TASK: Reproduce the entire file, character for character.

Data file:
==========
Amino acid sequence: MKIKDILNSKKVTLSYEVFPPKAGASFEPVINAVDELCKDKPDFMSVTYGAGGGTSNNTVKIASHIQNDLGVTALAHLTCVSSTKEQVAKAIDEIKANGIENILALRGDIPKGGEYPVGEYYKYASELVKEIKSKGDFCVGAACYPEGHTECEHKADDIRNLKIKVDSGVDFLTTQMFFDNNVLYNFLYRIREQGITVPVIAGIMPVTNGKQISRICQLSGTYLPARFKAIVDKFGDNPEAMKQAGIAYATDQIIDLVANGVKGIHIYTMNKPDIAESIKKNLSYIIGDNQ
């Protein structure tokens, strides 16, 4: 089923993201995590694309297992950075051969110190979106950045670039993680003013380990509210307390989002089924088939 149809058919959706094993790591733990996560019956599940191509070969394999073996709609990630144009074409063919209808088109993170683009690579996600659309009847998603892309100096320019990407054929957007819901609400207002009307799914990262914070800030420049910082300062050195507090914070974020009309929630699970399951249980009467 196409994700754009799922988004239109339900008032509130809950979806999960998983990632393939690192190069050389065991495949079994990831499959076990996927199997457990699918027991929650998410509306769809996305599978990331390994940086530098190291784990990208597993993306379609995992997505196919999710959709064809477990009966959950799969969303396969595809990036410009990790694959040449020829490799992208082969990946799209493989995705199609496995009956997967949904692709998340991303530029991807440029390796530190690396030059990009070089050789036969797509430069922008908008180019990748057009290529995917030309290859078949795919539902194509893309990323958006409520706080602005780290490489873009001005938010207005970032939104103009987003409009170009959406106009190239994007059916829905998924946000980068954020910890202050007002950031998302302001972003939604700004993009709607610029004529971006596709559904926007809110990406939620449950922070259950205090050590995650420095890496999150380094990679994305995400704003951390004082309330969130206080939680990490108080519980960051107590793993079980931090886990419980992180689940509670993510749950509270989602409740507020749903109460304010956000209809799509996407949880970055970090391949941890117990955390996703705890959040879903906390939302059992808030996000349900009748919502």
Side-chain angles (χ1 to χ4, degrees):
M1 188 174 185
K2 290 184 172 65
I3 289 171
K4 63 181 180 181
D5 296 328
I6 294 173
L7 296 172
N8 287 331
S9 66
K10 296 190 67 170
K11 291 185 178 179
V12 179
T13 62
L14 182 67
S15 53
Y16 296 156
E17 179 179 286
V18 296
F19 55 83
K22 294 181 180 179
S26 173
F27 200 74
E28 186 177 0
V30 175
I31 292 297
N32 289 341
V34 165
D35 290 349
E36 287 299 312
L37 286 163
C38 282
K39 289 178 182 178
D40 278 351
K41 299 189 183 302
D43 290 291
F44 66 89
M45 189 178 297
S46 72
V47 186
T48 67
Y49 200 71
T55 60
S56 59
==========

Amino acid sequence: MKIKDILNSKKVTLSYEVFPPKAGASFEPVINAVDELCKDKPDFMSVTYGAGGGTSNNTVKIASHIQNDLGVTALAHLTCVSSTKEQVAKAIDEIKANGIENILALRGDIPKGGEYPVGEYYKYASELVKEIKSKGDFCVGAACYPEGHTECEHKADDIRNLKIKVDSGVDFLTTQMFFDNNVLYNFLYRIREQGITVPVIAGIMPVTNGKQISRICQLSGTYLPARFKAIVDKFGDNPEAMKQAGIAYATDQIIDLVANGVKGIHIYTMNKPDIAESIKKNLSYIIGDNQ
């Protein structure tokens, strides 16, 4: 089923993201995590694309297992950075051969110190979106950045670039993680003013380990509210307390989002089924088939 149809058919959706094993790591733990996560019956599940191509070969394999073996709609990630144009074409063919209808088109993170683009690579996600659309009847998603892309100096320019990407054929957007819901609400207002009307799914990262914070800030420049910082300062050195507090914070974020009309929630699970399951249980009467 196409994700754009799922988004239109339900008032509130809950979806999960998983990632393939690192190069050389065991495949079994990831499959076990996927199997457990699918027991929650998410509306769809996305599978990331390994940086530098190291784990990208597993993306379609995992997505196919999710959709064809477990009966959950799969969303396969595809990036410009990790694959040449020829490799992208082969990946799209493989995705199609496995009956997967949904692709998340991303530029991807440029390796530190690396030059990009070089050789036969797509430069922008908008180019990748057009290529995917030309290859078949795919539902194509893309990323958006409520706080602005780290490489873009001005938010207005970032939104103009987003409009170009959406106009190239994007059916829905998924946000980068954020910890202050007002950031998302302001972003939604700004993009709607610029004529971006596709559904926007809110990406939620449950922070259950205090050590995650420095890496999150380094990679994305995400704003951390004082309330969130206080939680990490108080519980960051107590793993079980931090886990419980992180689940509670993510749950509270989602409740507020749903109460304010956000209809799509996407949880970055970090391949941890117990955390996703705890959040879903906390939302059992808030996000349900009748919502």
Side-chain angles (χ1 to χ4, degrees):
M1 188 174 185
K2 290 184 172 65
I3 289 171
K4 63 181 180 181
D5 296 328
I6 294 173
L7 296 172
N8 287 331
S9 66
K10 296 190 67 170
K11 291 185 178 179
V12 179
T13 62
L14 182 67
S15 53
Y16 296 156
E17 179 179 286
V18 296
F19 55 83
K22 294 181 180 179
S26 173
F27 200 74
E28 186 177 0
V30 175
I31 292 297
N32 289 341
V34 165
D35 290 349
E36 287 299 312
L37 286 163
C38 282
K39 289 178 182 178
D40 278 351
K41 299 189 183 302
D43 290 291
F44 66 89
M45 189 178 297
S46 72
V47 186
T48 67
Y49 200 71
T55 60
S56 59